First of all, a system test is the only way to know if a complex system of self written code, used frameworks, containers, instrumented tools, hardware, … does implement a desired feature in an acceptable way.
There are ways to be quite confident, but system tests are the only way to know. And we are professionals and so want to know, right?
Enable Global Changes by being an Executable Specification
Another purpose of system tests is to enable developers to do huge refactorings, implement necessary global architectural changes, switching from one framework to another as they feel they need to.
All these changes might have an impact on the whole system and developers typically are afraid of the effort it might take to make such changes even though they know how dearly these changes are needed or at least desired to keep the system secure, maintainable or fast.
With a sufficient suite of system tests developers can just do these changes, run the suite and know if their change broke any feature of the software system. This is a huge return of invest from writing the test suite.
Even a complete rewrite of a system is easy when you got a system test suite telling you when you make a false assumption about the behaviour of the original system.
Deepen Understanding & Trust
One final purpose of system tests is a rather psychological one. Making developers write these tests and telling stakeholders that they do, can improve the relationship between these groups.
Developers will need to fully understand a requested feature to be able to write a test for it, so they will (hopefully) start to ask questions about it. Otherwise they write a wrong test and will need to change both: the wrong implementation and the wrong test.
For the stakeholders knowing that there is a red light flashing if any of their dear features is broken somewhere in the future, is a huge relief and a source of trust in the developers.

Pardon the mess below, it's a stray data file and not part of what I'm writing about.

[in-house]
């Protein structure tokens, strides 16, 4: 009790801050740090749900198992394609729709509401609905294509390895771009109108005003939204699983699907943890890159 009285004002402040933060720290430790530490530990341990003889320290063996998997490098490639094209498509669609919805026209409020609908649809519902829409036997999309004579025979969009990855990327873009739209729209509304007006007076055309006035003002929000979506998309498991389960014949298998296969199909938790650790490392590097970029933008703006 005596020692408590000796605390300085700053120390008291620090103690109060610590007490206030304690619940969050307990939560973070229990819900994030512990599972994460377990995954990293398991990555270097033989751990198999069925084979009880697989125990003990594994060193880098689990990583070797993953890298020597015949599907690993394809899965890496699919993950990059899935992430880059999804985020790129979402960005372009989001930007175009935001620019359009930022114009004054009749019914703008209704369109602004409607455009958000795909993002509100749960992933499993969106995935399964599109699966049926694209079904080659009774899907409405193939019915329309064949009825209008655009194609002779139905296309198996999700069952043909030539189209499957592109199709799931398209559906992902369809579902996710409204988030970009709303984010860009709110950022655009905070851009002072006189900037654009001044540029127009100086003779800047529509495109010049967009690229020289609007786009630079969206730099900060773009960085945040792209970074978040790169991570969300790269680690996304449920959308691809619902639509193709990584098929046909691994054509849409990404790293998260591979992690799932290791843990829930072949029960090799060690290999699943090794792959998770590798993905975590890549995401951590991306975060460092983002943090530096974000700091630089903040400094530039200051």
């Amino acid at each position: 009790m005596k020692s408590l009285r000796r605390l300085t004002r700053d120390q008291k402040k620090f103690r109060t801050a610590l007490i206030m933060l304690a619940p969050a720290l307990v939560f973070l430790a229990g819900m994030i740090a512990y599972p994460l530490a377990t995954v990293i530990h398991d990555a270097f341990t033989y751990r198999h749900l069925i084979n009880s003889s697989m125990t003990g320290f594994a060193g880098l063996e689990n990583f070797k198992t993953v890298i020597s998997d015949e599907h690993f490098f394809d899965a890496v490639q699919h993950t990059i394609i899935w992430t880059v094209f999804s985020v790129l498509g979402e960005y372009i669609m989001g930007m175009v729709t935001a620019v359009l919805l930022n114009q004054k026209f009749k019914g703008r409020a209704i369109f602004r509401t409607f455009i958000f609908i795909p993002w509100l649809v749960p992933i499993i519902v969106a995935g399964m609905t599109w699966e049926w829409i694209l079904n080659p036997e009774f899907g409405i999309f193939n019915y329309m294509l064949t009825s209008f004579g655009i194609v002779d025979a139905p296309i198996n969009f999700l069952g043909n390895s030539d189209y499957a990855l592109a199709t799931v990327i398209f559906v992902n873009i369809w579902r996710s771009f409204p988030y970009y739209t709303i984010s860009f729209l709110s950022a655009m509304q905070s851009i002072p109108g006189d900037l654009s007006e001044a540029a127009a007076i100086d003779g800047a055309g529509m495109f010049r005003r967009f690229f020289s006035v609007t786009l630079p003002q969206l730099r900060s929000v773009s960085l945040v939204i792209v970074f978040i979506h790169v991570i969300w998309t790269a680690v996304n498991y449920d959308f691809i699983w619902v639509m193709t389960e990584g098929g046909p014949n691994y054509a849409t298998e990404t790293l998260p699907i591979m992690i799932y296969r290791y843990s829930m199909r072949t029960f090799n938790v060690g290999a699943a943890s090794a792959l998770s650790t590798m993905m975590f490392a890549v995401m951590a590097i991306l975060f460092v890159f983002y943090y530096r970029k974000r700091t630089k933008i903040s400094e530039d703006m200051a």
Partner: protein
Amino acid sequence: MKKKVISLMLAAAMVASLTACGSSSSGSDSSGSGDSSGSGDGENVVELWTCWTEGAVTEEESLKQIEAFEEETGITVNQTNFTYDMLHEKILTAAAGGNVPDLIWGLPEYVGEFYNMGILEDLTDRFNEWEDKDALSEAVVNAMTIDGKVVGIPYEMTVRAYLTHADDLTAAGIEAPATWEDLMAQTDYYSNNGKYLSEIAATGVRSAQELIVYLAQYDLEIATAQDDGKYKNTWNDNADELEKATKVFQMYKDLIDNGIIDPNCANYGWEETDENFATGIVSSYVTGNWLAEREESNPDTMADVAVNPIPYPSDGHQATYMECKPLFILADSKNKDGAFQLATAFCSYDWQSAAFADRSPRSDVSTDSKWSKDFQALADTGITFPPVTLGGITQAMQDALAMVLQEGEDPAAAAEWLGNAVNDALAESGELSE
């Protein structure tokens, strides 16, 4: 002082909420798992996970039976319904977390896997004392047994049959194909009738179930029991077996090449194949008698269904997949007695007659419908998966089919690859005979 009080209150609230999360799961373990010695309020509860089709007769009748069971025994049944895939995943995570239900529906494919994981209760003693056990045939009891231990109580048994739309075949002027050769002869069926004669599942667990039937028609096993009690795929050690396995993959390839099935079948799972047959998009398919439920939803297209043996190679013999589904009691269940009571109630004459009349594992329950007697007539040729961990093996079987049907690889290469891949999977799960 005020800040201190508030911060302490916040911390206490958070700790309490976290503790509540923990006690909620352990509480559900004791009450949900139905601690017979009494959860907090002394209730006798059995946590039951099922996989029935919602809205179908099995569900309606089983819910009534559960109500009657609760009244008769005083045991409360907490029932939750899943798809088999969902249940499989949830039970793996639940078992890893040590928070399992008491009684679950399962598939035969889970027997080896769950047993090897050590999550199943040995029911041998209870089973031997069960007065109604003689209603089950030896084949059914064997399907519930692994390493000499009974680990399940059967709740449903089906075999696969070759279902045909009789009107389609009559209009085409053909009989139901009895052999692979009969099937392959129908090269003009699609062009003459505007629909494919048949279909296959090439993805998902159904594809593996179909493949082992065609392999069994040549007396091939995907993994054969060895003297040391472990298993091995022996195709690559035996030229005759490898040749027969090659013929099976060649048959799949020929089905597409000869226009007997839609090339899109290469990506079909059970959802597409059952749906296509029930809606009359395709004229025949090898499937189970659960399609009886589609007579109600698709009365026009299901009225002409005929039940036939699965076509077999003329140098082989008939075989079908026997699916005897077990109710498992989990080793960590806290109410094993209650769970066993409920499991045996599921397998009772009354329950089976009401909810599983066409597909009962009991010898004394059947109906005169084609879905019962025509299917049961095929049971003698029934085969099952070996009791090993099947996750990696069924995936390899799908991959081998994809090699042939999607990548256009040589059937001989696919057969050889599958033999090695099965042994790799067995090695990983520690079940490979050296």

If the system tests are well readable (like the example below) – maybe using the Test Actor concept – a stakeholder not suffering from allergic issues toward code may even be able to understand the test and point out misunderstandings or missing test cases.
given: User user = new User("username", "password") when: user.login() then: user.isLoggedIn()
System tests succeed in removing the uncertainty about inter class behaviour, that class tests leave us in. They make sure that the system behaves in a specified way without making any compromises. To some this may seem too expensive in material and time but I am absolutely convinced that system tests are a needed to create long term maintainable and stable software products and will always return the investment for these.
So we got class tests and system tests. This combination can be sufficient, and I suggest to make these two a fixed part in you Definition of Done. However, these two are worlds apart from each other and due to treating the system as a black box, a failing system test may give you little information about the failure's cause.
In the next and final part of this series I present a test type to fill the gap between class and system.